Idealpeople Blog: CV Tips Part One: Lose the Adjectives

Wednesday, September 12, 2007

CV Tips Part One: Lose the Adjectives

Over the next few weeks, we'll be bringing you all some sensible strategies for putting together killer CVs.

CVs themselves are under a bit of fire at the moment - there’s an emerging school of thought that says that they are the worst way of selecting someone to hire (or even of distinguishing between candidates who should be interviewed and candidates who shouldn’t). This, in part at least, is down to the fact that pretty much everyone writes them in totally different ways: and a lot of people write really bad CVs.

Some great candidates write terrible CVs. Some weaker candidates write brilliant CVs. Love them or loathe them, for now at least they’re still the primary means for securing your dream future job and it’s vitally important to write a great CV if you are to get yourself to the interview ahead of the weaker candidate with the great CV.

The good news is that writing a great CV is relatively easy, provided you’re willing to follow a few simple steps.

Step One: Lose the Adjectives
It probably seems a little bit crazy, but one of the key principles of writing CVs is to use as few adjectives as possible.

A great CV, you see, is able to convey what you’ve done, what you’ve achieved and what you’re capable of. These three things are all completely and entirely measurable.

Adjectives mean description. Description means opinion. Opinion never won an argument.

Measured facts mean proof. Proof always wins arguments.

Consider the following:

I am a reliable, articulate, professional individual able to pick up new ideas and concepts quickly. I have significant ITIL expertise and a long background in delivering smooth change processes.

We see this a lot. What does it actually mean? It means the author thinks they are reliable, and that they think they are able to pick up new ideas and concepts. And it means that they think they are an ITIL expert.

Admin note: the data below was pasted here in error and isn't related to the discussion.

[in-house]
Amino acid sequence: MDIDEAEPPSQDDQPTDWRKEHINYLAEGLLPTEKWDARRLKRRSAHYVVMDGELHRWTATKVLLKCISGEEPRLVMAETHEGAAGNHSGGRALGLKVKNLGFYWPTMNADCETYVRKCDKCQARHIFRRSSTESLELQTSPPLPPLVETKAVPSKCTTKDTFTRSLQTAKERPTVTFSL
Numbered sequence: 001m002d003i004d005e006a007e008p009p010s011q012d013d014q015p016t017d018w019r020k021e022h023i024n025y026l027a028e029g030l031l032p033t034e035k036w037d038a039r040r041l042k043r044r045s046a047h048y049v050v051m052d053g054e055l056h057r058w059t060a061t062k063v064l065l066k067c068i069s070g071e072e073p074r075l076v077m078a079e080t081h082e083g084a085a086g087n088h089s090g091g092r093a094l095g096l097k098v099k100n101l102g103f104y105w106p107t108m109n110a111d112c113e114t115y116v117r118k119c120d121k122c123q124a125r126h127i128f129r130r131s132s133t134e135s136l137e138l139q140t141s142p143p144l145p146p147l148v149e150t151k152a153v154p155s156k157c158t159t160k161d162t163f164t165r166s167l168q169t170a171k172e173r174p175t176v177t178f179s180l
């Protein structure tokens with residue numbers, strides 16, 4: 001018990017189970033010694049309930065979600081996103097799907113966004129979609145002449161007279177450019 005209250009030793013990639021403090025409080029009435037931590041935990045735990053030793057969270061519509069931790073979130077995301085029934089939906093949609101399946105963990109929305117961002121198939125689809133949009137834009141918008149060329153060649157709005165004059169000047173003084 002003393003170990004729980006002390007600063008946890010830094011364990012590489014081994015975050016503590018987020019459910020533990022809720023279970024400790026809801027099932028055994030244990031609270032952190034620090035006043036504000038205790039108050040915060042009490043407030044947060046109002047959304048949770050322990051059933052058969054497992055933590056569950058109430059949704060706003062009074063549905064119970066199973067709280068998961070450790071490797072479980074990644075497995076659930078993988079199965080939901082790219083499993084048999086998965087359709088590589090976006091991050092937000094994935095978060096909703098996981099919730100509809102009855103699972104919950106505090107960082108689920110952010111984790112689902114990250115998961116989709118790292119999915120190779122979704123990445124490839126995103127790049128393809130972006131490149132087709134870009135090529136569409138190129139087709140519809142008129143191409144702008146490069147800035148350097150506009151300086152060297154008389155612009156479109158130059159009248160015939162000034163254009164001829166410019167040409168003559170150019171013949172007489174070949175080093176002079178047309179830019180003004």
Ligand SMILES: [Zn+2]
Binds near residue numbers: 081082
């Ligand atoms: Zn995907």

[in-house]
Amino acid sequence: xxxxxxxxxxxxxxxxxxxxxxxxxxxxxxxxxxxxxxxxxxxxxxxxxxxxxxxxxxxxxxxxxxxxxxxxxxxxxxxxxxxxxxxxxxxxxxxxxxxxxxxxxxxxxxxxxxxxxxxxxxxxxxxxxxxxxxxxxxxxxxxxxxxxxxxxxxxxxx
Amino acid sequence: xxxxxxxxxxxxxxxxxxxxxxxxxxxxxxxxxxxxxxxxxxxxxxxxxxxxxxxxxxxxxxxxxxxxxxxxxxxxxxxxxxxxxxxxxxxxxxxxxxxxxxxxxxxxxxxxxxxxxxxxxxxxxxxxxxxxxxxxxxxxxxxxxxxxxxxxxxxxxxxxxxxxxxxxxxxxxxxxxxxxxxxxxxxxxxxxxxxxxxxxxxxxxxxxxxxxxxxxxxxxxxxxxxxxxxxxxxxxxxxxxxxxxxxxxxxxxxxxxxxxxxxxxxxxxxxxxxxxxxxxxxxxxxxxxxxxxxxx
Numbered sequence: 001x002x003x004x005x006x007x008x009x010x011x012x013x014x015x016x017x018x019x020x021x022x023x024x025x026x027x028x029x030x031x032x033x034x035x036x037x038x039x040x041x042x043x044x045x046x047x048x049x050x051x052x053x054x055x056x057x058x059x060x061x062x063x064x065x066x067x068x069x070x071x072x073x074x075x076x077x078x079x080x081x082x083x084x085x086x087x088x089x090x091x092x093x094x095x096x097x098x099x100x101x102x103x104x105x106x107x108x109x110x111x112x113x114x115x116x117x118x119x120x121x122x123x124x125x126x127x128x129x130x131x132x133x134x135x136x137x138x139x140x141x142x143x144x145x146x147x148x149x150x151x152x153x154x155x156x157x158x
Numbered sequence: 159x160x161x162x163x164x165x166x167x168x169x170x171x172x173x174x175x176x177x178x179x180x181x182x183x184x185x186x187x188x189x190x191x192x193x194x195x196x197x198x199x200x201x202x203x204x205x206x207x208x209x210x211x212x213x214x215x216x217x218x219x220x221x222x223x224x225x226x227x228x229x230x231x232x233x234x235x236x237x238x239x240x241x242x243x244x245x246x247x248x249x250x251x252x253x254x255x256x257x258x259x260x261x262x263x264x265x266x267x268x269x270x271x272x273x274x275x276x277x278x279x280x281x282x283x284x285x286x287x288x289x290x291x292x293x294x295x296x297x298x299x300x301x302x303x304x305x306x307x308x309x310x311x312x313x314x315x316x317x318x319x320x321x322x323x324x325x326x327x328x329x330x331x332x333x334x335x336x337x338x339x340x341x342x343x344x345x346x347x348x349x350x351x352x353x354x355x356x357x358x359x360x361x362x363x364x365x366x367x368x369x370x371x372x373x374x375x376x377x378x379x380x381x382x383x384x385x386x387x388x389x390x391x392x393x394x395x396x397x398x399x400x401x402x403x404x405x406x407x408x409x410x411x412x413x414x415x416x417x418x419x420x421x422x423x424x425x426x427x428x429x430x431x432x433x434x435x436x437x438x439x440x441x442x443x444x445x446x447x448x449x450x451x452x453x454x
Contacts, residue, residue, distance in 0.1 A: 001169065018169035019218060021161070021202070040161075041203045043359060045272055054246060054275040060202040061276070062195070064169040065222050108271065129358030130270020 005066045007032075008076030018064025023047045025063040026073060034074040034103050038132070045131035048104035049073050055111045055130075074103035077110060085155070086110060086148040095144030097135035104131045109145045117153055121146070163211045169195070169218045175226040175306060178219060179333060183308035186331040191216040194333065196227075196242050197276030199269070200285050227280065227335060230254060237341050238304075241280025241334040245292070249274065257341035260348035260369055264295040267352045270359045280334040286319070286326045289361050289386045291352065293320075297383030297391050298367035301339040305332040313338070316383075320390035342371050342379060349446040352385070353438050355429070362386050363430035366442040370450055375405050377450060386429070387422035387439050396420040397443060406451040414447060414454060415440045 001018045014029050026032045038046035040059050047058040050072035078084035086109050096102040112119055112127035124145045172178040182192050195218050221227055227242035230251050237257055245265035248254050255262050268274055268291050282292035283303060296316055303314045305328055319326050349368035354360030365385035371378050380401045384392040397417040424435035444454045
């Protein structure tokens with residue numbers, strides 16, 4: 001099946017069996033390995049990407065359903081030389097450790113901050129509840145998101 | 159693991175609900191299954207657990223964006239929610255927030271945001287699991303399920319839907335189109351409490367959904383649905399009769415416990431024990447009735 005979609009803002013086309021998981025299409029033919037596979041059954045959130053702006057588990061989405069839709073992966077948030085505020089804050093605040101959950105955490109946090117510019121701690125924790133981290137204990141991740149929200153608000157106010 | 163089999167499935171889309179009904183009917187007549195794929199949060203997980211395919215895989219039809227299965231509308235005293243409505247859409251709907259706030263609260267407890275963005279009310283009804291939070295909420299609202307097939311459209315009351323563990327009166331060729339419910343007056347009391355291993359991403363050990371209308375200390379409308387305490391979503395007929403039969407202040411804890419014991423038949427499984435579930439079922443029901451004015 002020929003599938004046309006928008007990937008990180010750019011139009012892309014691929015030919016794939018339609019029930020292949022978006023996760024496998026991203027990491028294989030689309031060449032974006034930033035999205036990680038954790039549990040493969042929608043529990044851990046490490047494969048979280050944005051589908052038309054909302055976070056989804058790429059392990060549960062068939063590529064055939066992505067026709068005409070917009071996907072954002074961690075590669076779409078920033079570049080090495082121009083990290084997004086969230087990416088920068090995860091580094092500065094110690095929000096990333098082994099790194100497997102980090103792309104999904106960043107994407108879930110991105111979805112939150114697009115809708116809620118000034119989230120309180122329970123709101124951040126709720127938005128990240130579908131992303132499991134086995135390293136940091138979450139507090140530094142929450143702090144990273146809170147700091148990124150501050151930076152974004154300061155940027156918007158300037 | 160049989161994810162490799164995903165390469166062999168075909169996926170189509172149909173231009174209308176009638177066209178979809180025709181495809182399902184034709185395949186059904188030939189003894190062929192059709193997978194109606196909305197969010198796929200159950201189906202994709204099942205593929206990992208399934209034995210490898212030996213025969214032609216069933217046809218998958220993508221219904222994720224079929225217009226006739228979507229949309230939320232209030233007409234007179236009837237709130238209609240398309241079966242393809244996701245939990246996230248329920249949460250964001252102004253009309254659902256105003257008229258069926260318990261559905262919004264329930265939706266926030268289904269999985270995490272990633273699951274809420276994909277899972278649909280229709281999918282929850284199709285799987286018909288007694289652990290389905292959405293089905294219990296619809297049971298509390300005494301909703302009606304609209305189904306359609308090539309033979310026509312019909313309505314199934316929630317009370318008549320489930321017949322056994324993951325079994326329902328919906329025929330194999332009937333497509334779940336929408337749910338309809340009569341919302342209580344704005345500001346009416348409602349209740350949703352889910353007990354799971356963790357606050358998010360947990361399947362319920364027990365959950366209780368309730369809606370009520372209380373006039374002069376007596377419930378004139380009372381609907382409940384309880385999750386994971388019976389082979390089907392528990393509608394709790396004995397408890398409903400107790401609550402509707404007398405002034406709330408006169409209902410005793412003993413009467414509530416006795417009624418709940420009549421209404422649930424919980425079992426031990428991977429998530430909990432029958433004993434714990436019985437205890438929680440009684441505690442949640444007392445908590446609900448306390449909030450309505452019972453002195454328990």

Unfortunately, so do the other 400 applicants for this particular job.

Now consider the following.

In my last role, I managed the implementation of ITIL, saving the company over £10 million the following year.

Which is more impressive? Which of these statements stands out as being able to add value to a new employer? The £10 million candidate, or the articulate, reliable expert?

For all we know, the person writing the first statement might well have their company £20 million a year. But all the first person did was claim to be an expert. Indeed, for all we know, the first candidate might be just as good as the second candidate, yet the second will get interviewed long before the first purely on the basis that their CV is more compelling. And this is purely because it’s written from the point-of-view of fact and not opinion.

This is, of course, a simplistic example. However, if you go through your CV and try to take out every single adjective, you force yourself into talking about what you’ve done, what you’ve achieved and what you’re capable of in measurable terms.

And you’ll have a far, far more powerful CV.

Getting rid of adjectives isn’t easy. Even if you can’t physically take them all out, don’t despair: the practice of trying will force more measured detail, and less subjective statements.

Keep your eyes peeled for Step Two...

1 comment:

Anonymous said...

Are you employed by us? If not, why not? Seriously, if you would like to moonlight, I would welcome your joining my team of 80 CV Writing Consultants.


Well said!

Best regards

Rebecca Fuller